What is Liposuction?
Liposuction is a procedure whereby localized fat deposits are removed using a suction device through small, well-hidden incisions to provide improved body contouring to the treated area. Liposuction is not a method of weight loss, and the amounts of fat removed in weight are relatively small relatively speaking. The impact, however, is significant since it’s truly “spot reduction.”
Check out our Liposuction Gallery for more before and after photos.
Who are good candidates for Liposuction?
Patients who are candidates for liposuction are generally at or close to their ideal weight, but who are still bothered by problem areas, such as saddlebags, lower tummy, love handles, or chest fat (gynecomastia).
What are the risks of Liposuction Surgery?
Liposuction, when done properly in an appropriate setting, is very safe. There are risks associated with any surgical procedure, and it’s important for patients to understand that liposuction is a surgical procedure, in spite of the fact that incisions are very small and the surgical sites are hidden under the skin. Risks include any associated anesthetic risks, which are generally minimal for young, healthy patients typical of those undergoing liposuction. Surgical risk includes bleeding and infections, though these are quite rare as well. There is typically sensory alteration in the sites treated, but most of the numbness resolves over time. Fluid collections (seromas) can occur post-operatively, and these are usually easy treated with aspiration using a needle and syringe. Long-term issues are mostly related to contour irregularities from under- or over-suction, and these might require a secondary or “touch-up” operation.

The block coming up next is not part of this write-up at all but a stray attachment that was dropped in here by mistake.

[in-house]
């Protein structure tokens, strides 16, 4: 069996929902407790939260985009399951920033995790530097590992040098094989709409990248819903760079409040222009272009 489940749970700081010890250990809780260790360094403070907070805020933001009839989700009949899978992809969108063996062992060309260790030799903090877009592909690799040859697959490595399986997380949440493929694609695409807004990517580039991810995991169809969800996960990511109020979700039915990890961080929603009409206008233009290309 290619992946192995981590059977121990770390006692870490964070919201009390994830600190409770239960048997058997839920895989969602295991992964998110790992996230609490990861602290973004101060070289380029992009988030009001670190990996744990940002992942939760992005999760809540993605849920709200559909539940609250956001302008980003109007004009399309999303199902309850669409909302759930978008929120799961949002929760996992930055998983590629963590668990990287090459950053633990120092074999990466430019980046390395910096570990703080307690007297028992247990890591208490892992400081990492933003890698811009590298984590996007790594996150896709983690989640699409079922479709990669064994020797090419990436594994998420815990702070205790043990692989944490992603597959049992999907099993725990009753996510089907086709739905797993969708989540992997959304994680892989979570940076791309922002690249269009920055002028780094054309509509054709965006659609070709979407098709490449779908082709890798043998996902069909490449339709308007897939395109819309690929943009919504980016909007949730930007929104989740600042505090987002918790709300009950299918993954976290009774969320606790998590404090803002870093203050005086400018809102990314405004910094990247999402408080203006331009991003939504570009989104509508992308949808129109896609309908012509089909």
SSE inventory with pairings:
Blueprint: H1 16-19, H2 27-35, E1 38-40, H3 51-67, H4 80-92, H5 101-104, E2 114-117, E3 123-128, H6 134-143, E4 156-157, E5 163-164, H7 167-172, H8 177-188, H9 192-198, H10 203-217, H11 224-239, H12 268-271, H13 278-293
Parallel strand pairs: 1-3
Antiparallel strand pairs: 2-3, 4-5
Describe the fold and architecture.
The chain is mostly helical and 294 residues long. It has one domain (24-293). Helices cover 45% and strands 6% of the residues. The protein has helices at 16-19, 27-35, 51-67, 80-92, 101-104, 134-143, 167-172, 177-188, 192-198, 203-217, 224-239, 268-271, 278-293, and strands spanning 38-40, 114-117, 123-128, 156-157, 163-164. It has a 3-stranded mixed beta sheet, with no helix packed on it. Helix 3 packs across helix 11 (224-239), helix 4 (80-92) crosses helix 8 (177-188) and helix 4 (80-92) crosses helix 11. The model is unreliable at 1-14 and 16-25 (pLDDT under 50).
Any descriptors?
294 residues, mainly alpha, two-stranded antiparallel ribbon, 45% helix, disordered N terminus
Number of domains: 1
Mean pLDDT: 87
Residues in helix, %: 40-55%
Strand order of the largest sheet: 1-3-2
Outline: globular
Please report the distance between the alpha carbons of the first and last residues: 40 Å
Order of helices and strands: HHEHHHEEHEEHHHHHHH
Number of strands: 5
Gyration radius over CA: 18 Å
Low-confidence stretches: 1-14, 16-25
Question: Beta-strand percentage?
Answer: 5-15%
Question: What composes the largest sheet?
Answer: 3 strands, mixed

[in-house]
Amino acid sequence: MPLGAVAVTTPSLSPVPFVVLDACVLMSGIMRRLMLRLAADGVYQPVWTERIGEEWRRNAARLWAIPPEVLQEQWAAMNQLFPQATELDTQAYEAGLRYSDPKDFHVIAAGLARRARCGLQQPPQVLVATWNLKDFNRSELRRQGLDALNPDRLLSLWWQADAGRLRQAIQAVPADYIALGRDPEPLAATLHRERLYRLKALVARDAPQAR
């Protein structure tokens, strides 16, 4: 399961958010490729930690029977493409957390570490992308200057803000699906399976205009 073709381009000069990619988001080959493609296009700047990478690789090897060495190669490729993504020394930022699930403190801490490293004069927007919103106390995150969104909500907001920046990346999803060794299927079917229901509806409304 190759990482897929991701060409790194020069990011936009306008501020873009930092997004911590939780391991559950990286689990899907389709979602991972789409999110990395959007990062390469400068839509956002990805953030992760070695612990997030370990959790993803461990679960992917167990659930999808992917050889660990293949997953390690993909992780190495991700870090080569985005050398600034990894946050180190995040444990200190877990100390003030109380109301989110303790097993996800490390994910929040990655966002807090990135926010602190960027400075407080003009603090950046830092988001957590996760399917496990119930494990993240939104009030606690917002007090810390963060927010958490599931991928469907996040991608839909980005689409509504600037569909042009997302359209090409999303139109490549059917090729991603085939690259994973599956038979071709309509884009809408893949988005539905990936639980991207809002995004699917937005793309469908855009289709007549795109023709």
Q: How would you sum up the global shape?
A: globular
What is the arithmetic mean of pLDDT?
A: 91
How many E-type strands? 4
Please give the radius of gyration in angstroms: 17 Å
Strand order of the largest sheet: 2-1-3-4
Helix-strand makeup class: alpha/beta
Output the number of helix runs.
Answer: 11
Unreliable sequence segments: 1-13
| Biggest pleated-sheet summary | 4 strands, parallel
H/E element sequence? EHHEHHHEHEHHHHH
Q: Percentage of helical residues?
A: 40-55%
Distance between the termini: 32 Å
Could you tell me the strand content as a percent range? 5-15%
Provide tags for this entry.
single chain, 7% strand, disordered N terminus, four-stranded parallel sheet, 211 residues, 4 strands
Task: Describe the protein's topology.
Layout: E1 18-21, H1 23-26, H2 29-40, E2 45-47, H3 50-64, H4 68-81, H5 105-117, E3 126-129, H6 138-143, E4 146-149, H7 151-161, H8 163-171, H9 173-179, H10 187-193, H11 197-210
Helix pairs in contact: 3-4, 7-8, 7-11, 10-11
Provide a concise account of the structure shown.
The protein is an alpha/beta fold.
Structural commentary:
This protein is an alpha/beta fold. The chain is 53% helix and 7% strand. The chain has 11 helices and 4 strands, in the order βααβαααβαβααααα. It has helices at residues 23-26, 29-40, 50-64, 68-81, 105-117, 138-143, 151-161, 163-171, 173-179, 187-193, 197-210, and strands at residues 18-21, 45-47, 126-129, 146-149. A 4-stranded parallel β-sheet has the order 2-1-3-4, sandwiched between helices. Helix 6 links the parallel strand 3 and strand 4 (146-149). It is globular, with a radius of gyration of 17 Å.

How long is the Liposuction surgery?
The length of the surgery depends on how many areas are being treated. Extensive procedures can last several hours.
How long is recovery time for a Liposuction surgery?
After liposuction, patients wear a compressive garment for 4 to 6 weeks at all times except when showering. Over the first week, patients should take it easy—nothing strenuous that might raise heart rate or blood pressure. This is to avoid bleeding or development of a fluid collection, and the first week is the most critical from this perspective. After a week, I encourage my patients to proceed with cardio activities, generally low-impact, in order to recondition themselves after a big surgical procedure and a week off. After two weeks, I allow patients to go ahead with resistance training, and they advance this as they tolerate it over the subsequent four to six weeks.
As for work, many patients can have surgery Friday and be back to work on Monday, presuming they have non-strenuous jobs. Those whose jobs are more physical may need to take a week or two off of work if they’re able to.
Is there pain after Liposuction?
Liposuction is painful to some degree in all patients, though tolerance varies. In very extensive procedure, patients may require pain medication for several days post-operatively, as compared to smaller procedures, where minimal medication is needed.
Is there a difference between a Liposuction and a “Tummy Tuck?
There is a big difference between liposuction and a tummy tuck, in that liposuction removes fat but not skin, and this is done through very small incisions that are barely perceptible afterwards. A tummy tuck may include liposuction as part of it, but the primary difference that large areas of skin are removed with a tummy tuck in order to tighten the abdominal wall. This results in a large scar across the lower abdomen, which is very different from liposuction.
Are there any drugs to take before or after a Liposuction Surgery?
There are no specific drugs that I recommend prior to liposuction surgery, though there are various homeopathic remedies, such as arnica, which may be popular. I don’t recommend anything specific, but in most cases, I’m okay with patients who use such medications.
When Can I Return to Normal Activities?
This depends on what you refer to as normal activities. Most patients can resume most activities within a few days, other than very strenuous exercise or labor. Most patients are nearly completely back to normal within 4 to 6 weeks after surgery. Check out our “Getting Back to Training Instructional Sheet” for more information.
Schedule a Consultation